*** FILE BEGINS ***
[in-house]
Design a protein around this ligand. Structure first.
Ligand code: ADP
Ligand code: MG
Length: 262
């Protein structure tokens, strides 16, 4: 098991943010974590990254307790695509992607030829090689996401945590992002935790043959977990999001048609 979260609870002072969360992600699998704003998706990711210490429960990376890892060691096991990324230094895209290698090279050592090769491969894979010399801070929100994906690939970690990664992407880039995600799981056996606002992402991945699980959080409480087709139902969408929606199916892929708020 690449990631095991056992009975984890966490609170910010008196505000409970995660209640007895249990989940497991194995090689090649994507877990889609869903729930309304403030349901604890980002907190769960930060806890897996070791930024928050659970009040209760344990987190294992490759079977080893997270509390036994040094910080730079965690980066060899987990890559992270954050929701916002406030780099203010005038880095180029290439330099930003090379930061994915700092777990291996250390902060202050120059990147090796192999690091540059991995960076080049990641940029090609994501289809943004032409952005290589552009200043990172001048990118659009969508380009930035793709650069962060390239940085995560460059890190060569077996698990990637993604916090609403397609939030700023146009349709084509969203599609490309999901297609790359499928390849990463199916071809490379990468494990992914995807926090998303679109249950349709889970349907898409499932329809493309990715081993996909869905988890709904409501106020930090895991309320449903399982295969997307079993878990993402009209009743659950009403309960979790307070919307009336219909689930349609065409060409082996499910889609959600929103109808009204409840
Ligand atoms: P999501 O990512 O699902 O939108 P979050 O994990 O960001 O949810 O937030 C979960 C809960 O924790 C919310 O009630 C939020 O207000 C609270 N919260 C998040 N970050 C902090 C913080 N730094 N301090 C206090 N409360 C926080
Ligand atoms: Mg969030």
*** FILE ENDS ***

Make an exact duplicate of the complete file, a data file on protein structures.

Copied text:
[in-house]
Design a protein around this ligand. Structure first.
Ligand code: ADP
Ligand code: MG
Length: 262
């Protein structure tokens, strides 16, 4: 098991943010974590990254307790695509992607030829090689996401945590992002935790043959977990999001048609 979260609870002072969360992600699998704003998706990711210490429960990376890892060691096991990324230094895209290698090279050592090769491969894979010399801070929100994906690939970690990664992407880039995600799981056996606002992402991945699980959080409480087709139902969408929606199916892929708020 690449990631095991056992009975984890966490609170910010008196505000409970995660209640007895249990989940497991194995090689090649994507877990889609869903729930309304403030349901604890980002907190769960930060806890897996070791930024928050659970009040209760344990987190294992490759079977080893997270509390036994040094910080730079965690980066060899987990890559992270954050929701916002406030780099203010005038880095180029290439330099930003090379930061994915700092777990291996250390902060202050120059990147090796192999690091540059991995960076080049990641940029090609994501289809943004032409952005290589552009200043990172001048990118659009969508380009930035793709650069962060390239940085995560460059890190060569077996698990990637993604916090609403397609939030700023146009349709084509969203599609490309999901297609790359499928390849990463199916071809490379990468494990992914995807926090998303679109249950349709889970349907898409499932329809493309990715081993996909869905988890709904409501106020930090895991309320449903399982295969997307079993878990993402009209009743659950009403309960979790307070919307009336219909689930349609065409060409082996499910889609959600929103109808009204409840
Ligand atoms: P999501 O990512 O699902 O939108 P979050 O994990 O960001 O949810 O937030 C979960 C809960 O924790 C919310 O009630 C939020 O207000 C609270 N919260 C998040 N970050 C902090 C913080 N730094 N301090 C206090 N409360 C926080
Ligand atoms: Mg969030």